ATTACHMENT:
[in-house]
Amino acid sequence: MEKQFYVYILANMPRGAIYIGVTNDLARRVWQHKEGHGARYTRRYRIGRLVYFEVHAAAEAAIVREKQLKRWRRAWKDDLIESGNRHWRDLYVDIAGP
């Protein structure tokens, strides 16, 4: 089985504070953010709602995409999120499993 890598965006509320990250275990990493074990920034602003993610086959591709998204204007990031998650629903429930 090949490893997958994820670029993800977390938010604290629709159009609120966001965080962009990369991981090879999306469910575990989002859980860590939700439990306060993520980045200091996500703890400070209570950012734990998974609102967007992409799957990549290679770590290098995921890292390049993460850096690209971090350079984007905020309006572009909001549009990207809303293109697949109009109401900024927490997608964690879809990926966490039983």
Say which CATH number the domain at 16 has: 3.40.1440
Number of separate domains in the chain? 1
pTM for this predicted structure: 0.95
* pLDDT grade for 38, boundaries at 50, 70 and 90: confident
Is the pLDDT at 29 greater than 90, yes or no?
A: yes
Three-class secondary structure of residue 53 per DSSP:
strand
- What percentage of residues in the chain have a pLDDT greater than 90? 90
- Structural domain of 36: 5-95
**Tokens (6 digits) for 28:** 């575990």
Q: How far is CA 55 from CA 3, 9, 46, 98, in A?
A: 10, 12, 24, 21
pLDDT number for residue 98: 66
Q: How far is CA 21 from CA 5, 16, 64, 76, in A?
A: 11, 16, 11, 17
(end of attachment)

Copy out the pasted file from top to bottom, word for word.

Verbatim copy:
[in-house]
Amino acid sequence: MEKQFYVYILANMPRGAIYIGVTNDLARRVWQHKEGHGARYTRRYRIGRLVYFEVHAAAEAAIVREKQLKRWRRAWKDDLIESGNRHWRDLYVDIAGP
């Protein structure tokens, strides 16, 4: 089985504070953010709602995409999120499993 890598965006509320990250275990990493074990920034602003993610086959591709998204204007990031998650629903429930 090949490893997958994820670029993800977390938010604290629709159009609120966001965080962009990369991981090879999306469910575990989002859980860590939700439990306060993520980045200091996500703890400070209570950012734990998974609102967007992409799957990549290679770590290098995921890292390049993460850096690209971090350079984007905020309006572009909001549009990207809303293109697949109009109401900024927490997608964690879809990926966490039983």
Say which CATH number the domain at 16 has: 3.40.1440
Number of separate domains in the chain? 1
pTM for this predicted structure: 0.95
* pLDDT grade for 38, boundaries at 50, 70 and 90: confident
Is the pLDDT at 29 greater than 90, yes or no?
A: yes
Three-class secondary structure of residue 53 per DSSP:
strand
- What percentage of residues in the chain have a pLDDT greater than 90? 90
- Structural domain of 36: 5-95
**Tokens (6 digits) for 28:** 């575990």
Q: How far is CA 55 from CA 3, 9, 46, 98, in A?
A: 10, 12, 24, 21
pLDDT number for residue 98: 66
Q: How far is CA 21 from CA 5, 16, 64, 76, in A?
A: 11, 16, 11, 17